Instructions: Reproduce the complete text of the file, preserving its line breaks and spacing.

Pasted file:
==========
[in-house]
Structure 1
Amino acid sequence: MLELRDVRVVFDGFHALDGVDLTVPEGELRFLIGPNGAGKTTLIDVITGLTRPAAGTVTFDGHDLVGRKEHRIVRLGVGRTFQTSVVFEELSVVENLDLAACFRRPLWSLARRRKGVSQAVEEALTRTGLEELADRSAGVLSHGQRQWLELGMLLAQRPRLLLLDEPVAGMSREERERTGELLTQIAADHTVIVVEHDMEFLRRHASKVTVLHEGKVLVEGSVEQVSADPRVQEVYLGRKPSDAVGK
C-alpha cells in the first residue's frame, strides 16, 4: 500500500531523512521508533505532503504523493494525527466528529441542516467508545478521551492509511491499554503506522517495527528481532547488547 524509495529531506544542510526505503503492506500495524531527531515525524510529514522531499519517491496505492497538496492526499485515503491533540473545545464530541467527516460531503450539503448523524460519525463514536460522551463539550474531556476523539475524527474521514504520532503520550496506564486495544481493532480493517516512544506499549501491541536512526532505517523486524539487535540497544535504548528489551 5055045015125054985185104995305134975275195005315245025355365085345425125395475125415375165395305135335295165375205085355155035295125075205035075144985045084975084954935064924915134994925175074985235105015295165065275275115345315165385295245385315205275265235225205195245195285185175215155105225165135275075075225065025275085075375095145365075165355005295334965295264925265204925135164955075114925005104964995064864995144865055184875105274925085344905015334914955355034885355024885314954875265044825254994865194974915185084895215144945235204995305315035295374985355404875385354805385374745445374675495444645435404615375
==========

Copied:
[in-house]
Structure 1
Amino acid sequence: MLELRDVRVVFDGFHALDGVDLTVPEGELRFLIGPNGAGKTTLIDVITGLTRPAAGTVTFDGHDLVGRKEHRIVRLGVGRTFQTSVVFEELSVVENLDLAACFRRPLWSLARRRKGVSQAVEEALTRTGLEELADRSAGVLSHGQRQWLELGMLLAQRPRLLLLDEPVAGMSREERERTGELLTQIAADHTVIVVEHDMEFLRRHASKVTVLHEGKVLVEGSVEQVSADPRVQEVYLGRKPSDAVGK
C-alpha cells in the first residue's frame, strides 16, 4: 500500500531523512521508533505532503504523493494525527466528529441542516467508545478521551492509511491499554503506522517495527528481532547488547 524509495529531506544542510526505503503492506500495524531527531515525524510529514522531499519517491496505492497538496492526499485515503491533540473545545464530541467527516460531503450539503448523524460519525463514536460522551463539550474531556476523539475524527474521514504520532503520550496506564486495544481493532480493517516512544506499549501491541536512526532505517523486524539487535540497544535504548528489551 5055045015125054985185104995305134975275195005315245025355365085345425125395475125415375165395305135335295165375205085355155035295125075205035075144985045084975084954935064924915134994925175074985235105015295165065275275115345315165385295245385315205275265235225205195245195285185175215155105225165135275075075225065025275085075375095145365075165355005295334965295264925265204925135164955075114925005104964995064864995144865055184875105274925085344905015334914955355034885355024885314954875265044825254994865194974915185084895215144945235204995305315035295374985355404875385354805385374745445374675495444645435404615375